James Hinks of Birmingham, England was founder of the Bull Terrier which shares the same ancestry as the Staffie. As a breeder, Hinks played a significant role in perfecting the Staffie, a breed that “emerged as one of the most successful and enduring.” After the banning of blood sports and pit fighting in 1835, attitudes changed which, over the course of a few centuries, resulted in generations of responsible breeding and further breed refinement of the Staffie as a popular family pet and companion dog.
About the Breed
About the Breed
The Staffordshire Bull Terrier, also known as Stafford or Staffie, is a breed of short-haired, small to medium sized dog. The breed was developed in Staffordshire, England and northern parts of Birmingham.
SBT first originated by crossing the Bulldog and Black and Tan Terrier, and evolved over time with the infusion of other breeds for refinement of purpose. In mid-19th century Victorian England, this dog was used for control of vermin and dog fighting.
Frequently asked Questions
Staffords are indeed very intelligent dogs. What makes them special is their “always eager to please” character. In the right hands, Staffords are easy to train, but bare in mind they often test just how much they can get away with. Not to be forgotten, they do have a bit of a stubborn streak which must be taken into account.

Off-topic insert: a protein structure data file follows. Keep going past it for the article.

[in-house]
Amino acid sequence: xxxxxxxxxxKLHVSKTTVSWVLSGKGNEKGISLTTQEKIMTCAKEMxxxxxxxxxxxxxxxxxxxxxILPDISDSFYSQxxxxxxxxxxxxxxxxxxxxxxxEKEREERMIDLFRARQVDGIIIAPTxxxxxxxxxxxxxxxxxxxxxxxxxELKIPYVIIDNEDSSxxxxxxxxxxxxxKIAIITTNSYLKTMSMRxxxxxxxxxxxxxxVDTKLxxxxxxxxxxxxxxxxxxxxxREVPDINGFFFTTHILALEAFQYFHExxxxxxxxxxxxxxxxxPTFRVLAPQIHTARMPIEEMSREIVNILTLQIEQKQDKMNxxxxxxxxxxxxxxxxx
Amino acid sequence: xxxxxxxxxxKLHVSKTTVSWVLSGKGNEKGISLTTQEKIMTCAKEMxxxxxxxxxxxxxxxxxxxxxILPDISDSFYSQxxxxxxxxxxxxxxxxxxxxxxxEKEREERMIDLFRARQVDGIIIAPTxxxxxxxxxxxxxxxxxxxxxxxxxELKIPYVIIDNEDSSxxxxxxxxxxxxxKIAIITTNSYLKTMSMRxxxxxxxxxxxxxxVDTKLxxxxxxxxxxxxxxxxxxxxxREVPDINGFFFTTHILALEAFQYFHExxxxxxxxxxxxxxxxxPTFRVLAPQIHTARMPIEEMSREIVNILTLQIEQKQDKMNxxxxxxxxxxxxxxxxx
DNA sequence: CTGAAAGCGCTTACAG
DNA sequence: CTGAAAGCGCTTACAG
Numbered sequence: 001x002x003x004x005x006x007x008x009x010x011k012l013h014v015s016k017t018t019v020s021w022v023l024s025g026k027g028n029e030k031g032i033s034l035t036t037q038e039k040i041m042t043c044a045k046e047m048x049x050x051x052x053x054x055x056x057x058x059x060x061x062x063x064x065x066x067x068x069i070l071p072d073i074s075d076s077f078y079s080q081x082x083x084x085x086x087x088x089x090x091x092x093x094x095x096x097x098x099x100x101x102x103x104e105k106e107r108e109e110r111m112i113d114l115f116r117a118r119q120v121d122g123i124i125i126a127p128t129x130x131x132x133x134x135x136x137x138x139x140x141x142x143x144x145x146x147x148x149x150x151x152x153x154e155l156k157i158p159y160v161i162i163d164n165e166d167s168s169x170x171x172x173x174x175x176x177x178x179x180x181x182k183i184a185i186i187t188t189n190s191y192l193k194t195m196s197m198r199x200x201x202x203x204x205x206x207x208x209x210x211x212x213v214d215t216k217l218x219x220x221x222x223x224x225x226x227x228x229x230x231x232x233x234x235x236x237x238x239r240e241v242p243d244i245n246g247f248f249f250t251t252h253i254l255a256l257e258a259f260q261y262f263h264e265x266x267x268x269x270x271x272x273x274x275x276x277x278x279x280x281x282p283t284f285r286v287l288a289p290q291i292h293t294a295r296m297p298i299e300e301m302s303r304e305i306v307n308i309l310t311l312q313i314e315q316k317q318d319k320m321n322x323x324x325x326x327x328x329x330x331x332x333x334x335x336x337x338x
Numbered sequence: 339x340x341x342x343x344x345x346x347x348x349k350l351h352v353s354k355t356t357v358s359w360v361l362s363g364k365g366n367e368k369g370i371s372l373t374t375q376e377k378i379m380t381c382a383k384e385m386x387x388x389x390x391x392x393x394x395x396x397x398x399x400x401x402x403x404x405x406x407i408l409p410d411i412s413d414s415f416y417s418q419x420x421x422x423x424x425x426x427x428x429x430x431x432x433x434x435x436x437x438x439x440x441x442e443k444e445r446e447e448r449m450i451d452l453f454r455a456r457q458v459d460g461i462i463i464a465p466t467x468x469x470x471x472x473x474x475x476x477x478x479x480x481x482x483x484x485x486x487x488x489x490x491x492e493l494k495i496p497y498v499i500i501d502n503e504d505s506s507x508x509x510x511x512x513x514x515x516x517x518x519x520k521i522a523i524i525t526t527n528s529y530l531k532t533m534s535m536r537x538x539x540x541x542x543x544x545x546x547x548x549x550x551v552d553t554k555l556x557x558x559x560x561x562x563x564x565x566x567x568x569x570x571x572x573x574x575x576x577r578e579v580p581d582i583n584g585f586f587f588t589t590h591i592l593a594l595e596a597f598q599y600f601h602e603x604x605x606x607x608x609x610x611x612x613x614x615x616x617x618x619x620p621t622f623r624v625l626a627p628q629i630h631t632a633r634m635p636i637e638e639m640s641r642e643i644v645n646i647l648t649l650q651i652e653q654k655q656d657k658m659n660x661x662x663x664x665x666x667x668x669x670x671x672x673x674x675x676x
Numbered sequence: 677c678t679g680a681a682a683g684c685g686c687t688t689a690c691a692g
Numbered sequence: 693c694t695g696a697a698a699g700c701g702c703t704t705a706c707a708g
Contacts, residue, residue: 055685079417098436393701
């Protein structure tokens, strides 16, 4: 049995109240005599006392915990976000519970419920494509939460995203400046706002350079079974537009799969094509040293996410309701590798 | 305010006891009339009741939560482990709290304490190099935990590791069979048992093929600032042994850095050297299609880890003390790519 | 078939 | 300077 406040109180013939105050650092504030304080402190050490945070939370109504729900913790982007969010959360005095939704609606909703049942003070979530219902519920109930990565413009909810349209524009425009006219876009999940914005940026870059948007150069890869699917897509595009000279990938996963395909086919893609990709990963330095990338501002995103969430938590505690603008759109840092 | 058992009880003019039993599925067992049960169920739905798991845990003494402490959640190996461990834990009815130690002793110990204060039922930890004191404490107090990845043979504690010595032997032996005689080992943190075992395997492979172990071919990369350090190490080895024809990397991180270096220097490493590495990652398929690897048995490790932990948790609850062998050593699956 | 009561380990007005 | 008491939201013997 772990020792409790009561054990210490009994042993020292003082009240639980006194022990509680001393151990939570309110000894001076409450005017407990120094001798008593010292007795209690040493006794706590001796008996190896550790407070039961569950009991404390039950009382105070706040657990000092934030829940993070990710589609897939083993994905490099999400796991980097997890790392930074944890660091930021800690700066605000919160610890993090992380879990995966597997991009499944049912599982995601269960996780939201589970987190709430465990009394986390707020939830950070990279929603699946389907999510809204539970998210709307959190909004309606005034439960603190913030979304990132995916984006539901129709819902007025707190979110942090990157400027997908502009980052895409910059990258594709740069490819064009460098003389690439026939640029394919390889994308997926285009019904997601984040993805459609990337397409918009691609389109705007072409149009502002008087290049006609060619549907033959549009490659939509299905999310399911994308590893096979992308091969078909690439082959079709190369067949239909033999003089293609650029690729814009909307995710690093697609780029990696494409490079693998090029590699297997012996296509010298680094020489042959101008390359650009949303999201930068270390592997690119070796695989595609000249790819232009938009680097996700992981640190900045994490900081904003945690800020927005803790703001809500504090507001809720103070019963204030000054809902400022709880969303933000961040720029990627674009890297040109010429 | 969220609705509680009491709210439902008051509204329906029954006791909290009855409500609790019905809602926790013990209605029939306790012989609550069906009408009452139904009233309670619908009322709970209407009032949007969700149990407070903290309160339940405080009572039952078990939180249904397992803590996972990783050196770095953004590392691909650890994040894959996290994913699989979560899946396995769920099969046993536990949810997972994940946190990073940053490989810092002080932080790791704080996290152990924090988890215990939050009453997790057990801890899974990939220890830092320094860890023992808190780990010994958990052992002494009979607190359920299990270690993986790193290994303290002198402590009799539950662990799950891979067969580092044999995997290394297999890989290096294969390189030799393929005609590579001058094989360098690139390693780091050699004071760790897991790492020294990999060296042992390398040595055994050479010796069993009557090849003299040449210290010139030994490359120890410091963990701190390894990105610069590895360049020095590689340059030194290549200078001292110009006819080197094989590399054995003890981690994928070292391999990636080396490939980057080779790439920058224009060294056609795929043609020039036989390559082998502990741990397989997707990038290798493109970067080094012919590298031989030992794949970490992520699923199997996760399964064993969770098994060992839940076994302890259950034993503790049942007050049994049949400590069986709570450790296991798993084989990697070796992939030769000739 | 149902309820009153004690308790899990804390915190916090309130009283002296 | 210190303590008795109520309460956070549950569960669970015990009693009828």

Staffies are known to be healthy dogs, but they can suffer from several hereditary health issues. Hence, we emphasize on testing the breeding dogs.
Nowadays we have test for Hereditary cataracts (HC) and L-2-hydroxyglutaric aciduria (L2HGA).
As Staffords are generally very healthy medium sized dogs, they enjoy quite long lifespans. If well cared for and fed an appropriate diet, Staffords can live from anything up to 14-15 years, or even longer.
There are NOT dangerous! Undesirable, irresponsible people make them or any dog vicious, dangerous. There nice size and a fun breed to own. Them being smart, yet stubborn, sometimes makes them seem handful.
Bare in mind, in some Countries they are covered by the DDA. In Croatia, registered Staffords make an exception from the DDA, but only with certified proof of character.
NO! Staffords are a lot smaller than Pit Bulls and they weigh a lot less too. Except a big difference in size, there is also a big difference in character.
Staffords are recognized under the European kennel club (FCI), whilst the Pit Bulls are not.